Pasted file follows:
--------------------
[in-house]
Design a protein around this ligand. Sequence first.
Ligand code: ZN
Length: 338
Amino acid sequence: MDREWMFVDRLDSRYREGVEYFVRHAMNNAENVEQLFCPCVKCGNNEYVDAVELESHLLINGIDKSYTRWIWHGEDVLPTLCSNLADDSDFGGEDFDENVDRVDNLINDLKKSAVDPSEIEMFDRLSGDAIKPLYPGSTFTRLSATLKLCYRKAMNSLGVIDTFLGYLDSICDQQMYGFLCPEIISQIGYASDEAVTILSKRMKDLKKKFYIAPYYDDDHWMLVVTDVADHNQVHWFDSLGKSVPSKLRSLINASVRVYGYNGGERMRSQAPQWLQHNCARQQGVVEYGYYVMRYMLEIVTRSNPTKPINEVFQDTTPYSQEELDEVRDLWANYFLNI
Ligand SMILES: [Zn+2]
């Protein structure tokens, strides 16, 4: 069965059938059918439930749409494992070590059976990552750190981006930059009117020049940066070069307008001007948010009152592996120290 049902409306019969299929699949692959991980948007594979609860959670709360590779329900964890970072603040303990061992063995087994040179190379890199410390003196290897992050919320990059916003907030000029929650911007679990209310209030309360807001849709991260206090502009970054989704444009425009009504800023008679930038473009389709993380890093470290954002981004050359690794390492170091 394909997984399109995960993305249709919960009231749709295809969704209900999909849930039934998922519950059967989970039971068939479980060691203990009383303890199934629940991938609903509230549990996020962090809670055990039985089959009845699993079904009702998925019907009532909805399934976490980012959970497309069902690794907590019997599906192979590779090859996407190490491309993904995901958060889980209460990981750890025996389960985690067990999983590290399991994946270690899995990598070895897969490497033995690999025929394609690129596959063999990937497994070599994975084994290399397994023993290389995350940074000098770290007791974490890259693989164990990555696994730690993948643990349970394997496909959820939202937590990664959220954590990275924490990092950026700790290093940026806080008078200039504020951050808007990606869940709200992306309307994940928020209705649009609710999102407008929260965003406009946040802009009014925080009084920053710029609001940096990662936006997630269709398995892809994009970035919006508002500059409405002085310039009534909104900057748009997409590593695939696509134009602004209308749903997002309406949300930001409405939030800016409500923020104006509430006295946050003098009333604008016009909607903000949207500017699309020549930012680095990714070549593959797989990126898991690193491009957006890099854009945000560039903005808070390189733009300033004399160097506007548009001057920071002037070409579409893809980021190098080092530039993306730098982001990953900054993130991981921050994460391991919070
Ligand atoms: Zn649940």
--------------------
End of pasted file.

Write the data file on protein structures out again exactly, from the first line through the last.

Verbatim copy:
[in-house]
Design a protein around this ligand. Sequence first.
Ligand code: ZN
Length: 338
Amino acid sequence: MDREWMFVDRLDSRYREGVEYFVRHAMNNAENVEQLFCPCVKCGNNEYVDAVELESHLLINGIDKSYTRWIWHGEDVLPTLCSNLADDSDFGGEDFDENVDRVDNLINDLKKSAVDPSEIEMFDRLSGDAIKPLYPGSTFTRLSATLKLCYRKAMNSLGVIDTFLGYLDSICDQQMYGFLCPEIISQIGYASDEAVTILSKRMKDLKKKFYIAPYYDDDHWMLVVTDVADHNQVHWFDSLGKSVPSKLRSLINASVRVYGYNGGERMRSQAPQWLQHNCARQQGVVEYGYYVMRYMLEIVTRSNPTKPINEVFQDTTPYSQEELDEVRDLWANYFLNI
Ligand SMILES: [Zn+2]
């Protein structure tokens, strides 16, 4: 069965059938059918439930749409494992070590059976990552750190981006930059009117020049940066070069307008001007948010009152592996120290 049902409306019969299929699949692959991980948007594979609860959670709360590779329900964890970072603040303990061992063995087994040179190379890199410390003196290897992050919320990059916003907030000029929650911007679990209310209030309360807001849709991260206090502009970054989704444009425009009504800023008679930038473009389709993380890093470290954002981004050359690794390492170091 394909997984399109995960993305249709919960009231749709295809969704209900999909849930039934998922519950059967989970039971068939479980060691203990009383303890199934629940991938609903509230549990996020962090809670055990039985089959009845699993079904009702998925019907009532909805399934976490980012959970497309069902690794907590019997599906192979590779090859996407190490491309993904995901958060889980209460990981750890025996389960985690067990999983590290399991994946270690899995990598070895897969490497033995690999025929394609690129596959063999990937497994070599994975084994290399397994023993290389995350940074000098770290007791974490890259693989164990990555696994730690993948643990349970394997496909959820939202937590990664959220954590990275924490990092950026700790290093940026806080008078200039504020951050808007990606869940709200992306309307994940928020209705649009609710999102407008929260965003406009946040802009009014925080009084920053710029609001940096990662936006997630269709398995892809994009970035919006508002500059409405002085310039009534909104900057748009997409590593695939696509134009602004209308749903997002309406949300930001409405939030800016409500923020104006509430006295946050003098009333604008016009909607903000949207500017699309020549930012680095990714070549593959797989990126898991690193491009957006890099854009945000560039903005808070390189733009300033004399160097506007548009001057920071002037070409579409893809980021190098080092530039993306730098982001990953900054993130991981921050994460391991919070
Ligand atoms: Zn649940």